I would definitely use a secondary for a pilsner, after ensuring the beer has been on the yeast long enough to get rid of any diacetyl. Here's what I would do:
(1) pitch 1.5 million cells per ml of wort per degree Plato to ferment at between 45 and 50 degrees (depending on the yeast strain).
(2) hold the fermentation temperature until you are something like 8 points above expected FG: 1.020 is a good rule of thumb. You can't just say "I'm going to ferment it for ___ days." It will depend on how fermentation progresses.
(3) allow the temperature to rise to somewhere over 60 degrees. I usually just go to room temperature. This is your "diacetyl rest" that allows fermentation to finish off strong, and helps prevent the formation of diacetyl in your beer (slick, oily mouthfeel with a buttery flavour). A d-rest is not always necessary, in fact it is not often necessary. But I always do one; it costs you nothing and can save you a lot of trouble. I especially recommend them for new lager brewers, who are more likely to underpitch, which is one of the main causes of diacetyl.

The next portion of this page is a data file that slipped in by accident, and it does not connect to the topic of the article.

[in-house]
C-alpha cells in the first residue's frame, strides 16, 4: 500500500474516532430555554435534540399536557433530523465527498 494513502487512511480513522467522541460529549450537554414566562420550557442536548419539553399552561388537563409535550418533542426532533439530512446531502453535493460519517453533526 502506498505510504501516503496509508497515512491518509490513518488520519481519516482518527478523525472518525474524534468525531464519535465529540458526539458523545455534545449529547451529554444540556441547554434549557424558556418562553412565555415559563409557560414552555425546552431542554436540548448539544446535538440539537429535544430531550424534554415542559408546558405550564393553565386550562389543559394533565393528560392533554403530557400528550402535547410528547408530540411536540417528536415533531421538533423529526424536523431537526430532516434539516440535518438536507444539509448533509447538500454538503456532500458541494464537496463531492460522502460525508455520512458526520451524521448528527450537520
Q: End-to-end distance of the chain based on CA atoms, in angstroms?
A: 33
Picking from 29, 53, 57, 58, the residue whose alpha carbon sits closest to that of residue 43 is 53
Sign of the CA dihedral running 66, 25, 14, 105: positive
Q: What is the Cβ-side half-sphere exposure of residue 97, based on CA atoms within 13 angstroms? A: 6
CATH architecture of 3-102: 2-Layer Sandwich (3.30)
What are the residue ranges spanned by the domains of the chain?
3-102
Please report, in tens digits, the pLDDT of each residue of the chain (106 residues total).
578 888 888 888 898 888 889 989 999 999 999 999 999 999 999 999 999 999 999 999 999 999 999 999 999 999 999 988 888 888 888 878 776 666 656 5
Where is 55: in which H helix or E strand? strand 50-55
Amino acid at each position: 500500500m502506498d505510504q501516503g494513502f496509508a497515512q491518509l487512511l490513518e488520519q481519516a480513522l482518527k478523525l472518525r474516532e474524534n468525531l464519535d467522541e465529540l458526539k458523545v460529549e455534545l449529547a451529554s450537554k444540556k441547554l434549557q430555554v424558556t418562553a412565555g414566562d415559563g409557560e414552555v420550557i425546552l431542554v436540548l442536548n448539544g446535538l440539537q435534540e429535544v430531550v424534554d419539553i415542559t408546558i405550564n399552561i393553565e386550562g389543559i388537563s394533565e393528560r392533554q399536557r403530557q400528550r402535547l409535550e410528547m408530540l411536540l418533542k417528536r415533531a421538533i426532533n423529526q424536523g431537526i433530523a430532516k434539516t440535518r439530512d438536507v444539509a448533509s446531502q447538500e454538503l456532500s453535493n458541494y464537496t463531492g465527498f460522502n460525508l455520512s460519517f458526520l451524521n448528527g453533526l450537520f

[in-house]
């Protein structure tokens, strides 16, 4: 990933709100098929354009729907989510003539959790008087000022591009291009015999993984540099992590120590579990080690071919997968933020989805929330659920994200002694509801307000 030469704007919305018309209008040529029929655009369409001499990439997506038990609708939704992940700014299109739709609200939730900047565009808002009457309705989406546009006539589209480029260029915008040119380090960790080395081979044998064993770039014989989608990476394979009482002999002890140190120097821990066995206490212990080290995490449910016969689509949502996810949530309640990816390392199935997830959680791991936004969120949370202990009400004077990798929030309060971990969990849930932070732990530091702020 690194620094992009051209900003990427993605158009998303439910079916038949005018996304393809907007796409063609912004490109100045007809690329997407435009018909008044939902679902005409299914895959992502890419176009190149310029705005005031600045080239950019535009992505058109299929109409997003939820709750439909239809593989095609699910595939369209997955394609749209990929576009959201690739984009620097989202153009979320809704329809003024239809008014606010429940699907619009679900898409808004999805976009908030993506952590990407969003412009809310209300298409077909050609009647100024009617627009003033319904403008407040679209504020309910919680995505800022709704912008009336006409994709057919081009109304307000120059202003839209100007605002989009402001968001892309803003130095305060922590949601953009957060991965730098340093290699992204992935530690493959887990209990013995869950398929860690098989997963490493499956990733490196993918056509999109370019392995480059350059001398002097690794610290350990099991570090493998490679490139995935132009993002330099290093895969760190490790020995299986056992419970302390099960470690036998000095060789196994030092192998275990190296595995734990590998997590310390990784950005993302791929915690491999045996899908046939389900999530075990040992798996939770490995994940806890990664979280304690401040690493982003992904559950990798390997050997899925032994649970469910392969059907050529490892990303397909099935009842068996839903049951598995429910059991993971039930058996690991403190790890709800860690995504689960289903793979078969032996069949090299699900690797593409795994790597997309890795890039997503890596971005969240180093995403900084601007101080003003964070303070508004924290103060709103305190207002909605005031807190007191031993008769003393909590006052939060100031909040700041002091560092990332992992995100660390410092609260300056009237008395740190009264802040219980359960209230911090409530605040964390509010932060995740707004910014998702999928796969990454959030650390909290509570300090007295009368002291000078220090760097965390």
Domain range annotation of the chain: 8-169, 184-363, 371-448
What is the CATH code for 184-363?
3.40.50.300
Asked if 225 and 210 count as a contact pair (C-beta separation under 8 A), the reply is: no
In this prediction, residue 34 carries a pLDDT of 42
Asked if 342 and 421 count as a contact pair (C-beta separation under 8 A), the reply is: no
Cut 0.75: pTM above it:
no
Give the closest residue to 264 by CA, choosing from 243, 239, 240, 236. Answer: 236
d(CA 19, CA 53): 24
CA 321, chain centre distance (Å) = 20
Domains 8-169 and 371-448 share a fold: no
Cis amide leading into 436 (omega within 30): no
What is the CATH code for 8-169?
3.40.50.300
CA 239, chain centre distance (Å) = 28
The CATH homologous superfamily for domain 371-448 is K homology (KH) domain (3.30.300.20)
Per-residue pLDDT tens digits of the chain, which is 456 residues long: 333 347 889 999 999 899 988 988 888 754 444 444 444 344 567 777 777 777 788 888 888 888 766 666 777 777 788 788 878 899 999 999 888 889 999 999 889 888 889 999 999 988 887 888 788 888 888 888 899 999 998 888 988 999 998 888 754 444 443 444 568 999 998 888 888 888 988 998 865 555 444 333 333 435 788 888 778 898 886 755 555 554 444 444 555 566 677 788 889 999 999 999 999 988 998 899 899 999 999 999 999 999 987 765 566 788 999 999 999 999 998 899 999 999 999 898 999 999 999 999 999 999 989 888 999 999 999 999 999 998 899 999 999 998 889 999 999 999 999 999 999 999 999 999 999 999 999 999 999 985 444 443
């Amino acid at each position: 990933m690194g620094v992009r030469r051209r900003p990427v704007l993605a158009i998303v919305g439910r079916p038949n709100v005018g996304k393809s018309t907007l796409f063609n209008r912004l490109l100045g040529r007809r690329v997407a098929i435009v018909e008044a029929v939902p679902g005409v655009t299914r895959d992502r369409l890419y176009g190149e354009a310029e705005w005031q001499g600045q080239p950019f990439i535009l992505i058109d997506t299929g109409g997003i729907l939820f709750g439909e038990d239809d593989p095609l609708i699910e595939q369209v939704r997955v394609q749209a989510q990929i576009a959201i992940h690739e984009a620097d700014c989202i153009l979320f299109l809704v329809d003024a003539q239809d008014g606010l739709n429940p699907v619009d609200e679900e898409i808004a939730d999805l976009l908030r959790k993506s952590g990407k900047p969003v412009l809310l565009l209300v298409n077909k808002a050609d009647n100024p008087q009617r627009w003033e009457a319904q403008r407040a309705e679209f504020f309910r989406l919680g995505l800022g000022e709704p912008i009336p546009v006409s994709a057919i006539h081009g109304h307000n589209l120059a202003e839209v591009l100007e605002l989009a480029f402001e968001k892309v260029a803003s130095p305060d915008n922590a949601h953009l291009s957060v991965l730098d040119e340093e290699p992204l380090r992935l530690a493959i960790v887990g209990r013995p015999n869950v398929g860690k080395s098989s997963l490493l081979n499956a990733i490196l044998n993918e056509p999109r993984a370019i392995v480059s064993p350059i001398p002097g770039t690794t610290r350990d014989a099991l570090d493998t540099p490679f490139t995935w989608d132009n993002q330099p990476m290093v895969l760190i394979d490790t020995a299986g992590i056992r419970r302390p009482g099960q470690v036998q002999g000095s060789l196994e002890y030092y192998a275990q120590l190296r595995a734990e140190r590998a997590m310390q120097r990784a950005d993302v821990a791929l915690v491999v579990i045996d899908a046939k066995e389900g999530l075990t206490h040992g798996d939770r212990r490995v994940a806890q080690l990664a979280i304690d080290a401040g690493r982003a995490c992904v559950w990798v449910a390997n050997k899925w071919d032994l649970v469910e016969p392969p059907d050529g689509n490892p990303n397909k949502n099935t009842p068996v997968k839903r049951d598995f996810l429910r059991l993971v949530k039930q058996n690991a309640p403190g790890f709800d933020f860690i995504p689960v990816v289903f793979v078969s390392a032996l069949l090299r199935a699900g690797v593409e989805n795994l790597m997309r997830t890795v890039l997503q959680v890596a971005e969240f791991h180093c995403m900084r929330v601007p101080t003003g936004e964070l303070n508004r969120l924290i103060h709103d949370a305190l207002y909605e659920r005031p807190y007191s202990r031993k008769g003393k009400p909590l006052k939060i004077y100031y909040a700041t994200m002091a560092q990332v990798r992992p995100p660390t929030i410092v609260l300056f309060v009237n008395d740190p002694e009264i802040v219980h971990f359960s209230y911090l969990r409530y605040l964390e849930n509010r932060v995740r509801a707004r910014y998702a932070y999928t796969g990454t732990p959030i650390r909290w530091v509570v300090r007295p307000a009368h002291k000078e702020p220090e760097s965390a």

(4) once you have reached FG, rack your beer into a secondary and take it down to lagering temperatures. I usually just crash it; some poeple take it down 3-5 degrees per day but if fermentation is complete it probably doesn't matter. Lager it as cold as you can for as long as you can stand. It can be lagered in a keg (pressurized or not) or carboy. Extended storage at cold temperatures will help your beer develop the crispness that partially characterizes lagers. Flaws also tend to smooth out over time.
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